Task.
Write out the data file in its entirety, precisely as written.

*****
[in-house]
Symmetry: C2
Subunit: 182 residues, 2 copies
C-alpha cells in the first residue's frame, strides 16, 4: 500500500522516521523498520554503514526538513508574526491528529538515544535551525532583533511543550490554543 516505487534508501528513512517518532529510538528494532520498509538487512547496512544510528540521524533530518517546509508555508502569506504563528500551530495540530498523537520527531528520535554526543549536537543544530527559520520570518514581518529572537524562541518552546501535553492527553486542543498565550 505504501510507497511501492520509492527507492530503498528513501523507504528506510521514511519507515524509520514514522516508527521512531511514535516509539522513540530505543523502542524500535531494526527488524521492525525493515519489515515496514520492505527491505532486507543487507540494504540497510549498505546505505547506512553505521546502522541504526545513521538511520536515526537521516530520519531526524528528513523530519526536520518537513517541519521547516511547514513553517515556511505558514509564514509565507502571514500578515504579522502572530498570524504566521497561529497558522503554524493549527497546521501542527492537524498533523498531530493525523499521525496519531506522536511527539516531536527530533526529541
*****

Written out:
[in-house]
Symmetry: C2
Subunit: 182 residues, 2 copies
C-alpha cells in the first residue's frame, strides 16, 4: 500500500522516521523498520554503514526538513508574526491528529538515544535551525532583533511543550490554543 516505487534508501528513512517518532529510538528494532520498509538487512547496512544510528540521524533530518517546509508555508502569506504563528500551530495540530498523537520527531528520535554526543549536537543544530527559520520570518514581518529572537524562541518552546501535553492527553486542543498565550 505504501510507497511501492520509492527507492530503498528513501523507504528506510521514511519507515524509520514514522516508527521512531511514535516509539522513540530505543523502542524500535531494526527488524521492525525493515519489515515496514520492505527491505532486507543487507540494504540497510549498505546505505547506512553505521546502522541504526545513521538511520536515526537521516530520519531526524528528513523530519526536520518537513517541519521547516511547514513553517515556511505558514509564514509565507502571514500578515504579522502572530498570524504566521497561529497558522503554524493549527497546521501542527492537524498533523498531530493525523499521525496519531506522536511527539516531536527530533526529541